That most astute of reviewers, Lynn Barber, recently wrote of this curiously bloodless biography that the subject is a minor star, now only remembered for one film, Alfred Hitchcock’s Lifeboat. While this may be true, I imagine none but a dedicated cineaste can now name a film of Gloria Swanson’s apart from Sunset Boulevard, or any of Norma Shearer’s, both huge stars and Tallulah Bankhead’s Hollywood contemporaries. In fact Tallulah made nearly 60 appearances in films and theatre, some of them laughable, some memorable, all of them idiosyncratic because of her unique style. She was also one of the most famous figures of the 20th century.
Hemingway once said about Marlene Dietrich, Bankhead’s sometime ‘rival’ and great friend (when both were doing cabaret in Las Vegas, they would drink together while discussing the respective merits of homo- and heterosexuality), that if ‘she had only her voice, she could break your heart’. Tallulah Bankhead’s voice could be said to have broken her own heart. The Southern drawl that had so beguiled 1920s Mayfair Johnnies — and quite a few Mayfair ladies — very soon, via regular shots and snorts, deepened, and, morphing from madcap into the madly camp, she became forever after saddled with the fog-horn and fag-hijacked ‘Daaaa ling’.
While the copious coke and champagne may have contributed to her strangely blank regard — the ‘dead eyes’ remarked upon by the director George Cukor made her passport to Paramount somewhat arbitrary — she nevertheless became a stellar figure on the Broadway stage, though she grew to dread playing to theatres crammed with queens screaming with delight at every line she uttered, however serious the work, however renowned the author, many of whom wrote specifically with her in mind. As the playwright Martin Sherman says, ‘Bankhead is lurking somewhere in every Tennessee Williams play.’
Tallulah was a paradox, the good-time-girl who never really had a good time, the life and soul, and often the death, of a party, a wisecracking spectre at the feast. She was too sharp, too right-wing, too overtly sexual, too self-indulgent, too knowing, too shocking — and she really was shocking — to be happy in her own skin. But under that ‘rough magnetism’ lay a lonely streak that clamoured for reassurance and comfort, and from my own experience a wildly generous nature and loving heart.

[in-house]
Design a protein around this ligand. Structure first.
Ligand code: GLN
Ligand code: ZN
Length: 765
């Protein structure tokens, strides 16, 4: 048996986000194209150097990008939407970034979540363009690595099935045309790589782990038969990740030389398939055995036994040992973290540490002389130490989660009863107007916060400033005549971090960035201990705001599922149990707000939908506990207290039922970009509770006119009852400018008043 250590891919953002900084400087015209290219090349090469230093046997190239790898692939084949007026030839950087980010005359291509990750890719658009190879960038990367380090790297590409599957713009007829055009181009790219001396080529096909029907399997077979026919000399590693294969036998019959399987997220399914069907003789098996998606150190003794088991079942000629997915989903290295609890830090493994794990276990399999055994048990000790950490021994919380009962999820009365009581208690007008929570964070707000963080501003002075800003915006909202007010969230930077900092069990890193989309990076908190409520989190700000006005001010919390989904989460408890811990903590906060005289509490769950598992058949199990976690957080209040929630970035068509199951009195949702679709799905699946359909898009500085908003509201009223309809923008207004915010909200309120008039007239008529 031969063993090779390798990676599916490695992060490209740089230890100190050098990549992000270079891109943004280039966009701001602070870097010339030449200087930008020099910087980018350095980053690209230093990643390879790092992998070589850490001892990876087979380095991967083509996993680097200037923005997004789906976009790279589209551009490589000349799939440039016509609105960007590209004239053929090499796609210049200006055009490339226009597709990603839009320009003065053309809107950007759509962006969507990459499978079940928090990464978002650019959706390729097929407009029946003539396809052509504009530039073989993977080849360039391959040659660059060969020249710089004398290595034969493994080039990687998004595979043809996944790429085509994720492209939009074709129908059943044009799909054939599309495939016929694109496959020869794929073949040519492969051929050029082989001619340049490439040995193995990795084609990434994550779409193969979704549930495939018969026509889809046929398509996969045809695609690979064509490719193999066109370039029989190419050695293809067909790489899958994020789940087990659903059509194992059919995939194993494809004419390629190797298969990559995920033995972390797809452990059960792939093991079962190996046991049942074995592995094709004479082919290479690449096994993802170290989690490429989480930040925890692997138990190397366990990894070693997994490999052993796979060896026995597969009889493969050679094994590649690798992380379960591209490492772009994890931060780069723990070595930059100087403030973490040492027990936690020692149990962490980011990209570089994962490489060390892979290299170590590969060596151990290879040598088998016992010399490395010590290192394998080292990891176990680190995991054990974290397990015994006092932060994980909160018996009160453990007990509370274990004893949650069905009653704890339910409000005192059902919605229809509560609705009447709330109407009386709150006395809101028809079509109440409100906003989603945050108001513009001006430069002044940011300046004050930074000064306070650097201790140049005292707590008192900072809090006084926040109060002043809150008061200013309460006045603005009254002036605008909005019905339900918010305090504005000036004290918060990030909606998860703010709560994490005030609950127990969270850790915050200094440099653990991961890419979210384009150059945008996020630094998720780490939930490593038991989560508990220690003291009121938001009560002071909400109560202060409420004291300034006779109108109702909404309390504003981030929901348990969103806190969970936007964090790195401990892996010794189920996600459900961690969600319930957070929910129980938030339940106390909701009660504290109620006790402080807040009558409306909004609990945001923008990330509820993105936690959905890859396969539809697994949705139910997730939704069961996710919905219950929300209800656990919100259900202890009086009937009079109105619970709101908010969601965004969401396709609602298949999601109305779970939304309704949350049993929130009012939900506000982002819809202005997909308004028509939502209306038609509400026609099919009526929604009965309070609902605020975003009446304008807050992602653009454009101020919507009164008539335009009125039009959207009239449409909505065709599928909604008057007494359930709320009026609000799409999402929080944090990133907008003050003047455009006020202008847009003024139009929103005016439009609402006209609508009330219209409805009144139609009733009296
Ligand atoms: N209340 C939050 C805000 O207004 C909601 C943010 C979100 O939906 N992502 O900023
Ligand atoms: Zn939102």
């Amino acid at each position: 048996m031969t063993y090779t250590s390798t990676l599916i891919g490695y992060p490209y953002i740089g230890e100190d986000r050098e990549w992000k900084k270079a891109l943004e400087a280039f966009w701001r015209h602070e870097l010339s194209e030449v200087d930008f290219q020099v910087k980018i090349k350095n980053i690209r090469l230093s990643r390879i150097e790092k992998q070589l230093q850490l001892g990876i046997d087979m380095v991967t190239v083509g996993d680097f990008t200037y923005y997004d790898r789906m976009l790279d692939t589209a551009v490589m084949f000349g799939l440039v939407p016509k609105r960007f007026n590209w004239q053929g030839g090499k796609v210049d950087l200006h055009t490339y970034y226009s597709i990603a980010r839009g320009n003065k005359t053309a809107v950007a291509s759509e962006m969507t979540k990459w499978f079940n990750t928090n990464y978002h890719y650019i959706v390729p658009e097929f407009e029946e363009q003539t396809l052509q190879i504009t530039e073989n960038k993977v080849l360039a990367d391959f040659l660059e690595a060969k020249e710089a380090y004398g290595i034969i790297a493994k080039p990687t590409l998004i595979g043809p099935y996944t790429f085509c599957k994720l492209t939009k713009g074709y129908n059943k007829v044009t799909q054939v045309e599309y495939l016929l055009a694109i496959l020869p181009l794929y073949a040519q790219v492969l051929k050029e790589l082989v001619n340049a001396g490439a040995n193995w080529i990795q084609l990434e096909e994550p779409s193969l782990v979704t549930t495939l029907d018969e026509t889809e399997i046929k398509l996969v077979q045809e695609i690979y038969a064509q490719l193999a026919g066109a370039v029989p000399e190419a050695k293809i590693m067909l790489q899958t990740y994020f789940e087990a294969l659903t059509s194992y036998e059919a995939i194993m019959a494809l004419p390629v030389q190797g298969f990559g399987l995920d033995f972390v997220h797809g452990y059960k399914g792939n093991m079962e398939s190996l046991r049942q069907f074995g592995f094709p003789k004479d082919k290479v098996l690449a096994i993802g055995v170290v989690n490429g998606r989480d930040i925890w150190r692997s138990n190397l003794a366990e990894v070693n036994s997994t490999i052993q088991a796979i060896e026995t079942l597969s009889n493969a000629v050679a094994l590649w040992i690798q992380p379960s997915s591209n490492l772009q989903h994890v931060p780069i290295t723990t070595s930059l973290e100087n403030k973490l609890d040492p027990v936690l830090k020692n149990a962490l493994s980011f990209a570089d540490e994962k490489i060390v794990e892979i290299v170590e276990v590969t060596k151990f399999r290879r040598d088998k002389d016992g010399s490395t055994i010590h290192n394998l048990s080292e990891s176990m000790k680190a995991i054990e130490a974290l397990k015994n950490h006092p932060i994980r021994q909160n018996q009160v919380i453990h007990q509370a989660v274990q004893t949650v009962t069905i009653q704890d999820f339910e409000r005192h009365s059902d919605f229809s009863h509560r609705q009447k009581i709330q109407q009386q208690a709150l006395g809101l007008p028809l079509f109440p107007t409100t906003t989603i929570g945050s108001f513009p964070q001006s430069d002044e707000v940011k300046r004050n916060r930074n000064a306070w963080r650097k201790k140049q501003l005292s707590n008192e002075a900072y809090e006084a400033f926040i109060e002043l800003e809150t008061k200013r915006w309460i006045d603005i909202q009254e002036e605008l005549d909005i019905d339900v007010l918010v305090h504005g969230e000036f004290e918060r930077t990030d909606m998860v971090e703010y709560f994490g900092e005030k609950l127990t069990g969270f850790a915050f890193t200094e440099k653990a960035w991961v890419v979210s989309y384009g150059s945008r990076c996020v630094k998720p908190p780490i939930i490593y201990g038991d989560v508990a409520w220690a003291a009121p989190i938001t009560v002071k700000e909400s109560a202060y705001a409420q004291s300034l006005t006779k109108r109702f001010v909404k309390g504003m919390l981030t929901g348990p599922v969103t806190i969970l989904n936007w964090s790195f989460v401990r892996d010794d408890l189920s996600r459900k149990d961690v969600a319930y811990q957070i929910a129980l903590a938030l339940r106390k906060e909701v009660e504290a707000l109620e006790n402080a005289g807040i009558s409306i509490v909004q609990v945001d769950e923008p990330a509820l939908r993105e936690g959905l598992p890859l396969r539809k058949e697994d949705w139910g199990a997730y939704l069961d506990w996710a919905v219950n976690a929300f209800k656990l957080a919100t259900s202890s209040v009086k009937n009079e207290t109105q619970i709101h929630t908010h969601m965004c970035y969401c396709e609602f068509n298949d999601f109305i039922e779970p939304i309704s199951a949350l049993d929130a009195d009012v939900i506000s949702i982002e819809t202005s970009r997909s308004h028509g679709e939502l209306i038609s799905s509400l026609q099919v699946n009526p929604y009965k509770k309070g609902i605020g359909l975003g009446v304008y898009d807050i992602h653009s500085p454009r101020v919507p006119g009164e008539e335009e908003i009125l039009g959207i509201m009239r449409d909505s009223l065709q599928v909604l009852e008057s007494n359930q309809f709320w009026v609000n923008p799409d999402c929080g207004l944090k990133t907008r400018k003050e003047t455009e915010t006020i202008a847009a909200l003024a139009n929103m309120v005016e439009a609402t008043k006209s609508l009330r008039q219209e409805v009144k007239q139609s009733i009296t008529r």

I met her when I was … well, I won’t go into details, but there were laws against it, even then. The summer weekend at Windows, her rambling, white-brick house in upstate New York, was spent round her pool drinking mint juleps in icy silver beakers, with her girlfriend, the admired actress Estelle Winwood, the just ex-Mr Joan Crawford, Franchot Tone, and Gladys Cooper’s daughter Sally. Treating me immediately as an intimate and contemporary, Tallulah did not clear the air of her astonishingly blue language — ‘of course Johnny Ray’s queer, darling. He sucked my cock two night’s ago’, or ‘my sister Eugenia isn’t a Lesbian. She just does it for the money.’ As I was leaving, she took an original Walt Disney of the wicked stepmother in Snow White — an image based on Tallulah — added ‘for Nicky with love’, and her name, to Disney’s signature. ‘Please have it,’ she said, ‘it will be very valuable one day.’ It is, to the tune now of about two million dollars. I lost it.
A year or so after, she was appearing in cabaret here at the Café de Paris. I called her, naively suggesting she come down to Eton for the 4 June. ‘Better not try that one again, darling,’ she replied, reminding me that 30 years before she had caused a major scandal at the school by supposedly seducing and drugging several of the more sexually straight sixth-formers. Knowing her, I’d guess it was rather her outrageous wit and then-rare American modernity that turned those Pop stars on. A decade later, as she sat in the huge drawing-room of her 57th Street apartment, presided over by the great Augustus John portrait of her in her London heyday, by now drinking bourbon straight from the bottle, the wit was more mordantly wistful, but her flamboyant persona, if no longer exactly modern, was certainly not dated. Her career, teetering at best on the tightrope of brilliance or bathos, was now haphazard; she lasted a mere four performances, one of which I saw, in Williams’ The Milk Train Doesn’t Stop Here Anymore. Increasingly, when with Tallulah one wondered if the show would or could go on.
Of course, it couldn’t. Tallulah died at 66, raddled, ill, alternating between laughter and tears. The last photograph in Joel Loben- thal’s book, of a still-glamorous Tallulah drinking out of a shoe, is unbearably poig- nant. Somehow one knows it’s her own.